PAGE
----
U.S.C. § 2241 et seq., a federal court’s “review is greatly circumscribed and is highly
deferential to the state courts.” Crawford v. Head, 311 F.3d 1288, 1295 (11th Cir. 2002).
Indeed, AEDPA “modified a federal habeas court’s role in reviewing state prisoner
applications in order to prevent federal habeas ‘retrials’ and to ensure that state-court
convictions are given effect to the extent possible under law.” Bell v. Cone, 535 U.S.
685, 693 (2002) (citation omitted). The AEDPA restricts the Court’s review to statecourt judgments that:
(1) resulted in a decision that was contrary to, or involved an unreasonable
application of, clearly established Federal law, as determined by the
Supreme Court of the United States; or
(2) resulted in a decision that was based on an unreasonable determination
of the facts in light of the evidence presented in the State court proceeding.
28 U.S.C. § 2254(d). Further, § 2254 states that “a determination of a factual issue made
by a State court shall be presumed to be correct.” Id. § 2254(e)(1). The burden is on the
petitioner to “rebut the presumption of correctness by clear and convincing evidence.”
The State contends that Grounds I, II, and the substantive portion of Ground V are
unexhausted because Ortega did not present the claims during trial or on direct appeal,
and that he should be procedurally barred from raising them here. (Resp. to Pet. at 32-35,
41-43) Ortega responds that the federal due process claims are not procedurally barred
because he filed a notice of supplemental authority, pursuant to Fla. R. App. P. 9.225, to
preserve the claims. (Pet’r’s Reply (Docket No. 17) at 5-6.) Ortega does not respond to
the State’s claim that the substantive federal speedy trial rights claim is waived.
“For a federal court to hear a habeas claim resulting from a state conviction, the
petitioner must first exhaust the remedies available in his state’s courts.” Ramos v. Fla.
Dep’t of Corr., 441 F. App’x 689, 696 (11th Cir. 2011) (citing 28 U.S.C.
§ 2254(b)(1)(A)). “A claim is only exhausted if it is fairly presented to the state courts,
meaning that the same claim must be brought before both the state and federal courts and
presented in such a way ‘that a reasonable reader would understand [the] claim’s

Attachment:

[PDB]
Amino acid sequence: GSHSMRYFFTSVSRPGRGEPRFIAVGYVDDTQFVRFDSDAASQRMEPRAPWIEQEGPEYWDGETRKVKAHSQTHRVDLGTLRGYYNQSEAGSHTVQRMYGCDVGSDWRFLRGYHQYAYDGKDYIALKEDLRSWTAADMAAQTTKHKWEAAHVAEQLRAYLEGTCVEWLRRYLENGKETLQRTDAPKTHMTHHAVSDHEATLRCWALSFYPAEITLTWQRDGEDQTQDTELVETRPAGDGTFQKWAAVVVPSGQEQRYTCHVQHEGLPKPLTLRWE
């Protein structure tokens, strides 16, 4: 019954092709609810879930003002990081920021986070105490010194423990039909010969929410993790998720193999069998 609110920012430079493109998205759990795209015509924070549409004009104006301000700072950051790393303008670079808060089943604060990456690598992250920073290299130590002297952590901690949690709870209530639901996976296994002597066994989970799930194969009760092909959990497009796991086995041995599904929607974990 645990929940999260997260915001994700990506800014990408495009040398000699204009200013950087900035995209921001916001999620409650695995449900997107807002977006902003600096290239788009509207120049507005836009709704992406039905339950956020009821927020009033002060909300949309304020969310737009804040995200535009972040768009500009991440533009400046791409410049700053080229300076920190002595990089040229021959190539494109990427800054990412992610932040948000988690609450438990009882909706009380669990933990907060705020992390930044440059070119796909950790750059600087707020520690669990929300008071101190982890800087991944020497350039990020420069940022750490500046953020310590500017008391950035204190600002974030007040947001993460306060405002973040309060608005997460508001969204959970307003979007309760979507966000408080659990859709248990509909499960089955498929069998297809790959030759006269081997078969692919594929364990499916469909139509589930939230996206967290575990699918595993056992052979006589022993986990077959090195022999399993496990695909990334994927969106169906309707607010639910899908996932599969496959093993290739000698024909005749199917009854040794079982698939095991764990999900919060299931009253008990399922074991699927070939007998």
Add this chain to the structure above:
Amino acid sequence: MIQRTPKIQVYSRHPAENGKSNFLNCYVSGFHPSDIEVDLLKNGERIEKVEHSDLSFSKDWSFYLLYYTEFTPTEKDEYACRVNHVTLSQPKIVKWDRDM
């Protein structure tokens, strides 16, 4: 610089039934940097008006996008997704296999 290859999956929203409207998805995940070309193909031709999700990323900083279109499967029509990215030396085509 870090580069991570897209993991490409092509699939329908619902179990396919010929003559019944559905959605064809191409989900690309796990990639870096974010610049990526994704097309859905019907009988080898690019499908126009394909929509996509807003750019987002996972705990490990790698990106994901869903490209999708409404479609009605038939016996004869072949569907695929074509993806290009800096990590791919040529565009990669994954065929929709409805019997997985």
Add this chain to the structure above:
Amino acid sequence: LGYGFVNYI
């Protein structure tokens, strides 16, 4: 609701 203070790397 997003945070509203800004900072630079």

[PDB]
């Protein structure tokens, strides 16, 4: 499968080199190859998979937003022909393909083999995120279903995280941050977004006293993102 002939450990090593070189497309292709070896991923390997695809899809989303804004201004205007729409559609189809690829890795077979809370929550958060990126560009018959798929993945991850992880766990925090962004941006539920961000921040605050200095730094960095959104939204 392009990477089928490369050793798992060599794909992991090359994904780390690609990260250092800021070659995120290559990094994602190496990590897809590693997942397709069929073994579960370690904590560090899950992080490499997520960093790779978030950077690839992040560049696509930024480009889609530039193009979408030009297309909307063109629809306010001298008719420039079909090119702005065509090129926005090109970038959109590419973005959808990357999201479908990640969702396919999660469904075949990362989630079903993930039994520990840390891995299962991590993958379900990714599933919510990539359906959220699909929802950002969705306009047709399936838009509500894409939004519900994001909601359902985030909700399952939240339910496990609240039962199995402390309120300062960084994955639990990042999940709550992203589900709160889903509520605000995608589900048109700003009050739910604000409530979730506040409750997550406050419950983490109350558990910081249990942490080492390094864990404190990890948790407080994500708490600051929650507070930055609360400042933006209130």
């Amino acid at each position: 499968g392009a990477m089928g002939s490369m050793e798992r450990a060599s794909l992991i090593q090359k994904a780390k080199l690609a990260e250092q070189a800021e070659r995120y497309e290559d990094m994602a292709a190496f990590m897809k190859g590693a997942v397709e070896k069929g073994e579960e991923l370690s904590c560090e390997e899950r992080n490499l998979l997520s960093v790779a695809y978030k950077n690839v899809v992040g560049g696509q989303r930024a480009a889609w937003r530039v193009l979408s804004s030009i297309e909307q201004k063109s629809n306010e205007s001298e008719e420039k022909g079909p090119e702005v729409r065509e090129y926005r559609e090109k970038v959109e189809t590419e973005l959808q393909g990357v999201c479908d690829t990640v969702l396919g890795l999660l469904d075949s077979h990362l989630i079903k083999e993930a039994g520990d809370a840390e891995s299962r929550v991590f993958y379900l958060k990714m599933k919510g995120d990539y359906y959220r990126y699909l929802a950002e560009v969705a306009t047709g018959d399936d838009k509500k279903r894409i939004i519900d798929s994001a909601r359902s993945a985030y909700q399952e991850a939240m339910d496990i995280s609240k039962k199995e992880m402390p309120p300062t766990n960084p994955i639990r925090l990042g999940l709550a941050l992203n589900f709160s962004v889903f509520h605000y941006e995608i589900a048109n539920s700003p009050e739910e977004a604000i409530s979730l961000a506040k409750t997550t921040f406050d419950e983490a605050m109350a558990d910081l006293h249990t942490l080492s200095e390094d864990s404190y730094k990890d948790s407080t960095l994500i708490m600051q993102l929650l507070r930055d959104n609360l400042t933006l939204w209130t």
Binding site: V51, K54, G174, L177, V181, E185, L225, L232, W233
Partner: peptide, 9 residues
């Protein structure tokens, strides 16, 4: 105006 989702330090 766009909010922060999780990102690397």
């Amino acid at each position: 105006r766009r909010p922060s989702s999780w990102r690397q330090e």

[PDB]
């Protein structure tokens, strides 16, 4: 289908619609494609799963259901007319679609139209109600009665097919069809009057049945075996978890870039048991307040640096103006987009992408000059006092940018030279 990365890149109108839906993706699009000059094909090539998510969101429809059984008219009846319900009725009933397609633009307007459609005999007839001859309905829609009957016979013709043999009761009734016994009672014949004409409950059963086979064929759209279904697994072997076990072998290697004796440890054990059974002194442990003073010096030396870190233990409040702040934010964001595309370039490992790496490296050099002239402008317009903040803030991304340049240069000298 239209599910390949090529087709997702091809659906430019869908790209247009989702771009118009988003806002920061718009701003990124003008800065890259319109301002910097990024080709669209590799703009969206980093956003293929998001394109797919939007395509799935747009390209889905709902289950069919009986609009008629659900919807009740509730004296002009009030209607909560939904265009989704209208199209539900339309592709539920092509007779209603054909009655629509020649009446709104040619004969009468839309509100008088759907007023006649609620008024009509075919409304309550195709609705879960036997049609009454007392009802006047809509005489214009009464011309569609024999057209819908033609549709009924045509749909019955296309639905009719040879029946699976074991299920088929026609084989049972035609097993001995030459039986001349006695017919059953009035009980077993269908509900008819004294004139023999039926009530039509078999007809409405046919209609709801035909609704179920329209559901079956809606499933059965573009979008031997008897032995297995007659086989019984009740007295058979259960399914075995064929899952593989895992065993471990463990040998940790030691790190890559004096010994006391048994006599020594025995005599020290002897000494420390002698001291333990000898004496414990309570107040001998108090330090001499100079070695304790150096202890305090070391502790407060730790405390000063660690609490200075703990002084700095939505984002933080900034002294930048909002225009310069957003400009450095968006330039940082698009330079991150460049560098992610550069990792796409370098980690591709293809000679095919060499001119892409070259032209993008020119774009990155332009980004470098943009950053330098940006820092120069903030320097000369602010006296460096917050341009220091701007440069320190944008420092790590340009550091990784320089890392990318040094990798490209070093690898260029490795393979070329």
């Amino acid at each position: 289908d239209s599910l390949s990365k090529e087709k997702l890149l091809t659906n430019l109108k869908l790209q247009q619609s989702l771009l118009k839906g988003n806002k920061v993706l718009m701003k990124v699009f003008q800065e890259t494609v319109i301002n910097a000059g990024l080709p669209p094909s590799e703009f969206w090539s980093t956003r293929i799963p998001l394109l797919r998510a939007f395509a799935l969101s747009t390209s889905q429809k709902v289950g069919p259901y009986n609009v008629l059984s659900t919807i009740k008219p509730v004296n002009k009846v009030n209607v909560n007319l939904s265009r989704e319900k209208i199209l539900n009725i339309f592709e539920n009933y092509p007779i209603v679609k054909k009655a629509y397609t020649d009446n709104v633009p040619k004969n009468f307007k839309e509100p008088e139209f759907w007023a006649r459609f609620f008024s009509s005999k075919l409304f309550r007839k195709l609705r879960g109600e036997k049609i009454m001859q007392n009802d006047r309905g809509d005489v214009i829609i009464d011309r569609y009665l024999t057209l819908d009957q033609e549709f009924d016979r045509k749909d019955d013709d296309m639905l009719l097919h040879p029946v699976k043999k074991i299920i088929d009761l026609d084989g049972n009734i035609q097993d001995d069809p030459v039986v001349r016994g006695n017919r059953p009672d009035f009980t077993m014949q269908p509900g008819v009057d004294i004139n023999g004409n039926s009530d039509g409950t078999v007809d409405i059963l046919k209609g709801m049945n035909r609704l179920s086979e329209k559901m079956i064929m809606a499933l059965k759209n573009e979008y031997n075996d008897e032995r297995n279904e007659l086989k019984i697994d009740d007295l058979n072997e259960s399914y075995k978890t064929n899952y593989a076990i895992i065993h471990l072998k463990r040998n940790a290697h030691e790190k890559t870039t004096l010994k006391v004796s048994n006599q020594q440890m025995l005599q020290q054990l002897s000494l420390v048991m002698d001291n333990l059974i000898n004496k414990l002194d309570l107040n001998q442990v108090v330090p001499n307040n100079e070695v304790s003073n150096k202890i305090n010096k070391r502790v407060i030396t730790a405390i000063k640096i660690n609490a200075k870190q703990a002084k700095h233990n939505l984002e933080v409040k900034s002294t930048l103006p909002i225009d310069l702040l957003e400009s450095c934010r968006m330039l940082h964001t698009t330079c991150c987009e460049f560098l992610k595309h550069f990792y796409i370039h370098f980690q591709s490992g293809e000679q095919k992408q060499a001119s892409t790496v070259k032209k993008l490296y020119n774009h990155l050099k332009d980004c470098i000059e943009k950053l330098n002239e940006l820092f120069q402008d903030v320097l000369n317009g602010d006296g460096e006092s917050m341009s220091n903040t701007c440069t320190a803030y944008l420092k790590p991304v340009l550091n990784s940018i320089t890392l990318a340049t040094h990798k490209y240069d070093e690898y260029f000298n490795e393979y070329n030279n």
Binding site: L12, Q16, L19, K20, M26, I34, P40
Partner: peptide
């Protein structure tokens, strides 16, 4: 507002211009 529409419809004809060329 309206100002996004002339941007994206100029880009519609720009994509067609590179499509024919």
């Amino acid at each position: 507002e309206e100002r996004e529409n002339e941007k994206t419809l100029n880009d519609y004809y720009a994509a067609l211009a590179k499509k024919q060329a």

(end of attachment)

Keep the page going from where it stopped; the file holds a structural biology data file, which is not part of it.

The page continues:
particular legal basis and specific factual foundation.’”
Id. (alteration in original)
(quoting McNair v. Campbell, 416 F.3d 1291, 1302 (11th Cir. 2005)). To fully exhaust
his claims, Ortega was required not only to present the claims to the trial court via a
postconviction motion, but also to pursue those claims on appeal. Pope v. Rich, 358 F.3d
852, 853 (11th Cir. 2004).
Additionally, the record does not reflect a notice of
supplemental authority pursuant to Fla. R. App. P. 9.225. Because Ortega did not raise
these federal claims in the trial or appellate courts and did not properly argue a federal
speedy trial violation, they are unexhausted.
But, “Florida’s doctrine of fundamental error permits a court to review an issue
that was not preserved in the trial court.” Rambaran v. Dep’t of Corr., 821 F.3d 1325,
1328 n.3 (11th Cir. 2016) (citing State v. Delva, 575 So. 2d 643, 644-45 (Fla. 1991)).
Fundamental error occurs when the error “reach[es] down into the validity of the trial
itself to the extent that a verdict of guilty could not have been obtained without the
assistance of the alleged error.” Delva, 575 So. 2d at 644-45. This Court concludes that
none of Ortega’s claims constitute fundamental error. The trial court made reasonable
findings as to the first two claims, and as discussed below, the speedy trial claim has no
merit. Therefore, these three claims are defaulted.
Ineffective Assistance of Counsel
To establish ineffective assistance of counsel, Ortega must demonstrate “that his
counsel’s performance was objectively unreasonable by professional standards and that
he was prejudiced as a result of this poor performance.” Damron v. Florida, No. 8:07CV-2287, 2009 WL 1514269, at *2 (M.D. Fla. May 29, 2009). To show prejudice,
Ortega “must establish a reasonable probability that, but for counsel’s unprofessional
errors, the result of the proceeding would have been different.” Woodford v. Visciotti,
537 U.S. 19, 22 (2002) (emphasis omitted) (quotations omitted). Moreover, “[t]here is a
strong presumption that an attorney’s conduct fell within the ‘wide range of professional
norms.’” Damron, 2009 WL 1514269, at *2 (quoting Strickland v. Washington, 466 U.S.
668, 689 (1984)). “Ineffective assistance of counsel can be grounds for challenging a